The European Union has called on the UK and Ireland to sign up for potentially life-saving technology that automatically notifies the emergency services after a vehicle crash has taken place.
Europe's mobile phone operators have already agreed a voluntary commitment to implement 'eCall', but the scheme, which the EU estimates could save up to 2,500 lives a year, can only take effect once all member states are on board. The UK, Ireland, Denmark, France, Latvia and Malta have not yet signed the document.
The technology works by automatically alerting emergency services with the location of the car after a crash has taken place - even if the parties do not know or are unable to say where they are.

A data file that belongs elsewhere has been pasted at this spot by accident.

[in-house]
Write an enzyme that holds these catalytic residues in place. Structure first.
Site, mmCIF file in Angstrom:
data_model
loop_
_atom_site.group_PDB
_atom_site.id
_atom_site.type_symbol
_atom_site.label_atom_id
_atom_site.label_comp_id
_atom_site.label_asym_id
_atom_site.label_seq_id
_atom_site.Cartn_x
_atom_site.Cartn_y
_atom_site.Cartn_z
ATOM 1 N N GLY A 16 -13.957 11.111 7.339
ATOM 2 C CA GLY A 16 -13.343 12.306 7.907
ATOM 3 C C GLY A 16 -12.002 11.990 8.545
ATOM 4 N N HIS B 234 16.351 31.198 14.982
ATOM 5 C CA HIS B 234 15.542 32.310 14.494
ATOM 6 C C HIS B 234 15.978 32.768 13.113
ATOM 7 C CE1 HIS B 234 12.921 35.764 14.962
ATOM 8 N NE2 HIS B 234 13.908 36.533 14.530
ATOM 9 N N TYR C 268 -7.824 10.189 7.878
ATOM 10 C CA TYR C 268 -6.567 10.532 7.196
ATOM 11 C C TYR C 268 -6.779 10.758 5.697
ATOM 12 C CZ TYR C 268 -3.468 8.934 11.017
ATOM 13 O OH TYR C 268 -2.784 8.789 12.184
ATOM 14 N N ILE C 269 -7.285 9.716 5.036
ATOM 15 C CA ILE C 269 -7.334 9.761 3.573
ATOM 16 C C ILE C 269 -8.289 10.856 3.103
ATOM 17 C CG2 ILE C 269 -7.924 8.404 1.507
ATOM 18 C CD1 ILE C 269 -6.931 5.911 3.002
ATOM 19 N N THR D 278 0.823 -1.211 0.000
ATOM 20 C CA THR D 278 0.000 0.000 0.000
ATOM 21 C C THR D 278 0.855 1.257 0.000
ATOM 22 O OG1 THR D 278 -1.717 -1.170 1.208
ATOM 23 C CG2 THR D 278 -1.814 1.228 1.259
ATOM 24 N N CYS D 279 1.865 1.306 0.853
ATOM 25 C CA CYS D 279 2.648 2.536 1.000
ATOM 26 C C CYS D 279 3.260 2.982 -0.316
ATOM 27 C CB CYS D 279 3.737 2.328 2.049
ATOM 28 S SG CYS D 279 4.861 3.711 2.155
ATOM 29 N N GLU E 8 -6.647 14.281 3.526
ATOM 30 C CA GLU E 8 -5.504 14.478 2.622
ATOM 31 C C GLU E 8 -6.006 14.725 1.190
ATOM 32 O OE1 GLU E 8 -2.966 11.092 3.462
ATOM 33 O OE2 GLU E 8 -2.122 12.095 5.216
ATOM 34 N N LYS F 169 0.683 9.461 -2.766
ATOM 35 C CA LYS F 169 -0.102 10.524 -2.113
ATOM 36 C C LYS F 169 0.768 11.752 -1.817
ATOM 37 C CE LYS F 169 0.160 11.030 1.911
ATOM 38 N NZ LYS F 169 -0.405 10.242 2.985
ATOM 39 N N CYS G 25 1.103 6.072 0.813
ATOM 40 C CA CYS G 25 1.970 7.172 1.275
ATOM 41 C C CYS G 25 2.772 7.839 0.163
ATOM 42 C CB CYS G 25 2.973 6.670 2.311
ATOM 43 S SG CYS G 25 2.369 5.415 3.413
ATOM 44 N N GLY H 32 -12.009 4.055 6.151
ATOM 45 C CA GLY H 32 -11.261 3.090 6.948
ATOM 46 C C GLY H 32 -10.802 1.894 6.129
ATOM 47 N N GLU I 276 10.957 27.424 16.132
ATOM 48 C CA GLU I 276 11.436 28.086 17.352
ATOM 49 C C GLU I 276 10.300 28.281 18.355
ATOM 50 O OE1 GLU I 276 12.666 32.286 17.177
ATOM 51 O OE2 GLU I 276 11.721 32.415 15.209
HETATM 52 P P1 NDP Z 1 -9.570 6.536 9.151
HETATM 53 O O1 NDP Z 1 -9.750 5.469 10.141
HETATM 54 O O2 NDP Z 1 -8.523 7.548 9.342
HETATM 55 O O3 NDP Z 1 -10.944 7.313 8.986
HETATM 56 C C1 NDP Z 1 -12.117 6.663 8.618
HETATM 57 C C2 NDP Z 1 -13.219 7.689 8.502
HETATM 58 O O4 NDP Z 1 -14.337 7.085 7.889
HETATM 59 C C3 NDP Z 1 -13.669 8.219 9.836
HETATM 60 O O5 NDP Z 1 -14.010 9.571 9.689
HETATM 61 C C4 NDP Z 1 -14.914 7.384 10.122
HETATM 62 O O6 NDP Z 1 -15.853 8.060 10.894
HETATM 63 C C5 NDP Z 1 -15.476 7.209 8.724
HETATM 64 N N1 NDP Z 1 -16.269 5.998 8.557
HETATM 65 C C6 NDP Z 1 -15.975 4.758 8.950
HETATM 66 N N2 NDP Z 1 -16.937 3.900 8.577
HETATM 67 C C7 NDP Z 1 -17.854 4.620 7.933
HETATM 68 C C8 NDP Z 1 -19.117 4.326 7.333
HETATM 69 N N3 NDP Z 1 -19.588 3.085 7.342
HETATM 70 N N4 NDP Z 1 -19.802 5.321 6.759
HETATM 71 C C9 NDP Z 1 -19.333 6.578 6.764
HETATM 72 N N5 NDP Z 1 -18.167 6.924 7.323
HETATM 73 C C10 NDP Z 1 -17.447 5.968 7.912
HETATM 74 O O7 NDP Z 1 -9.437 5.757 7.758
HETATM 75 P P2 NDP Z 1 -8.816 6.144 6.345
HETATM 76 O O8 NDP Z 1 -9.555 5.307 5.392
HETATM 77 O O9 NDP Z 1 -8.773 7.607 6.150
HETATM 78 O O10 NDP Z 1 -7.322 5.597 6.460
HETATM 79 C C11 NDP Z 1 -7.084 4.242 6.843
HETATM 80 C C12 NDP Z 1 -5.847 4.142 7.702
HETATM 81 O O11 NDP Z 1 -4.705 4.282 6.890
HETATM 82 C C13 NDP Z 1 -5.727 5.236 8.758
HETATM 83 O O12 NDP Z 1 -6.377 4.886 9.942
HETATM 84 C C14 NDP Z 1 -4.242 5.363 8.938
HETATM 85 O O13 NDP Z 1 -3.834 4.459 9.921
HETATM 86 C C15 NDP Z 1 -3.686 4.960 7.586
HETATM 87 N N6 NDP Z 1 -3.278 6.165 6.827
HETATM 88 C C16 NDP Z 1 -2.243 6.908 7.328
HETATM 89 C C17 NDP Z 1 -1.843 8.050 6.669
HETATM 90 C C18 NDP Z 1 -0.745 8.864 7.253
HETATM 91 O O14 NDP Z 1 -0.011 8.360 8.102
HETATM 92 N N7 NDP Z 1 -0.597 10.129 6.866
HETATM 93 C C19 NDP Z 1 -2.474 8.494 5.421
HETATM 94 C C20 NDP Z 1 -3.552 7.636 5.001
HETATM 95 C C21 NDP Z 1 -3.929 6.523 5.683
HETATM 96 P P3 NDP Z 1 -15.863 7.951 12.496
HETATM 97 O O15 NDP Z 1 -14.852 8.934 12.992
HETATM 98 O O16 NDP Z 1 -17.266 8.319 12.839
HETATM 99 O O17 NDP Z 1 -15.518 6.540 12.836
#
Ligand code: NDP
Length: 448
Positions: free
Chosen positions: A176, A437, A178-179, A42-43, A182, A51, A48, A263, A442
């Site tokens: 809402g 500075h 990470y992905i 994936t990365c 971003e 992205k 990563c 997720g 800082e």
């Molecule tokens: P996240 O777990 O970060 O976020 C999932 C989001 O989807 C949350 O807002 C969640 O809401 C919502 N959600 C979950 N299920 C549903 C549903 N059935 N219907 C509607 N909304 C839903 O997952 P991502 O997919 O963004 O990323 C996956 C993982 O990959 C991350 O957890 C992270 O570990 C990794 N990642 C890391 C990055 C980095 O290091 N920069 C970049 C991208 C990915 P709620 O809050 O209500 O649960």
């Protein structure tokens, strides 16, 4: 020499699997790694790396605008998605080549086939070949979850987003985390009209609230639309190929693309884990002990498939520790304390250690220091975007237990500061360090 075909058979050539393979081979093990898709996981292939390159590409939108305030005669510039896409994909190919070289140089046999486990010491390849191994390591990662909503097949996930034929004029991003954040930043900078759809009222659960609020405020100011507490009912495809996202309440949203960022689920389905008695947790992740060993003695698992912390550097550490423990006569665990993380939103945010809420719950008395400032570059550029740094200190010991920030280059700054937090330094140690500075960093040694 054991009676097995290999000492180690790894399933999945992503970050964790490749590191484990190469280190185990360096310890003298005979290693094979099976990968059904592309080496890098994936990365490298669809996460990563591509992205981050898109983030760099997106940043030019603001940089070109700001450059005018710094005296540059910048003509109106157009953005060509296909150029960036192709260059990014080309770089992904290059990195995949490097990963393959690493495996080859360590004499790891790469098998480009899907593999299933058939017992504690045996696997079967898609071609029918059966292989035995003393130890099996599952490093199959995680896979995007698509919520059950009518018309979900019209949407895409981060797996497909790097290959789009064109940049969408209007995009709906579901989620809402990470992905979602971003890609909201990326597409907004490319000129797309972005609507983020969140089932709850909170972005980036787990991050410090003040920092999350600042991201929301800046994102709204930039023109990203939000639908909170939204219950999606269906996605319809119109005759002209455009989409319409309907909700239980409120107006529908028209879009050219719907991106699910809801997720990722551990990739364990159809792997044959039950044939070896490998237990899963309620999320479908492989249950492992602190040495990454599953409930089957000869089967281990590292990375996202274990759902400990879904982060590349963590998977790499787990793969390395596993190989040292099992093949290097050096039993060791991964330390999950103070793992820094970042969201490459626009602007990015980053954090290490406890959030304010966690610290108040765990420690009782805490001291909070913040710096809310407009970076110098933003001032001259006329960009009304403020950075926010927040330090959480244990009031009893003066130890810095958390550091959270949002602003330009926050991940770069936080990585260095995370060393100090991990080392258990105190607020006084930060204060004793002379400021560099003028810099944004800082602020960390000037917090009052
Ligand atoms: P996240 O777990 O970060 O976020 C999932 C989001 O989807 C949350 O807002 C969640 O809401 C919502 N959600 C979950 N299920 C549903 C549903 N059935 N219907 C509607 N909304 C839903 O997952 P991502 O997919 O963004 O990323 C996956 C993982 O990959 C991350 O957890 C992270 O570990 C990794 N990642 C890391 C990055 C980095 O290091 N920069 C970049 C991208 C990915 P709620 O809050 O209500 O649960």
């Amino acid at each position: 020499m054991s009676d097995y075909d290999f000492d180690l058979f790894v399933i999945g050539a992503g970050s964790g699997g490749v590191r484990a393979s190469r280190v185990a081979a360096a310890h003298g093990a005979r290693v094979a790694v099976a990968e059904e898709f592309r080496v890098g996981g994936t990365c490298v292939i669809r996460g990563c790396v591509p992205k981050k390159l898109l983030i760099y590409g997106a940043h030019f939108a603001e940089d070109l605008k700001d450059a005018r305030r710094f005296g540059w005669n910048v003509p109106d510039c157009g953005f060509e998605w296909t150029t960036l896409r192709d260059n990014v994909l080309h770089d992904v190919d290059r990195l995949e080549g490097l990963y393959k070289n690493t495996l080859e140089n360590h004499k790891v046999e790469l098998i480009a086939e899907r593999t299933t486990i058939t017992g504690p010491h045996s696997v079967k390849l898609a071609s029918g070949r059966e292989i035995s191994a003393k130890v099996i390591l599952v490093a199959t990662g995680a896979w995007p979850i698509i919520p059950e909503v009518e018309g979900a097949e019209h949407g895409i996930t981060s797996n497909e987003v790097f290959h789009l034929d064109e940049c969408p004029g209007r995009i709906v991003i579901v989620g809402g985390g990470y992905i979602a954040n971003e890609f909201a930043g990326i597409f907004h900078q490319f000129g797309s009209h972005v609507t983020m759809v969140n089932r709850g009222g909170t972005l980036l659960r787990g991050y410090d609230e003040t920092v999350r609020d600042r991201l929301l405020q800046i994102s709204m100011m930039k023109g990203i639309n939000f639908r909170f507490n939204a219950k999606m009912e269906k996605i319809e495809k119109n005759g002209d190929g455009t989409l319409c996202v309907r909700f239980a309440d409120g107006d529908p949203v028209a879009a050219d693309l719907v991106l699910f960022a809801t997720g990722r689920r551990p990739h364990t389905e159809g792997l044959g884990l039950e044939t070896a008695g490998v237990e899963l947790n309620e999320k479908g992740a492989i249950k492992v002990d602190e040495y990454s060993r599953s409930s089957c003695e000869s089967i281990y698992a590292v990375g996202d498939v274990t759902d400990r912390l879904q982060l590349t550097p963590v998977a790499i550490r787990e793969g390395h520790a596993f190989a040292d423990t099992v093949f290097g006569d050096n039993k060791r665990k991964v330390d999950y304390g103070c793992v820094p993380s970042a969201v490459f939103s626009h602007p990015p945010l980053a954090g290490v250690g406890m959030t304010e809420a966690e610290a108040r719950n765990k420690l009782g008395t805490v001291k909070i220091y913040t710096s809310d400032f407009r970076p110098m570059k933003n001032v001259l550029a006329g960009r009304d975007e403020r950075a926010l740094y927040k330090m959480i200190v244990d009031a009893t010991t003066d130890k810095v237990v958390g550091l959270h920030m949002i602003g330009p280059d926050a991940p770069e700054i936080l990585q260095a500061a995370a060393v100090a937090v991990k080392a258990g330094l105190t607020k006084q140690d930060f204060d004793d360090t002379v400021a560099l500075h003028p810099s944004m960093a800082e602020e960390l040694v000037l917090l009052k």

EU telecoms commissioner Viviane Reding said the mobile phone operators had demonstrated "social responsibility" by signing up for the scheme, adding: "However, the roll-out of the pan-European eCall needs everyone's cooperation.
"Mobile operators, the car industry and the majority of member states have shown the necessary commitment, but six countries still have not done so.
"They should now take their foot off the brake and speed up the introduction of a system that can save lives."
© Press Association 2009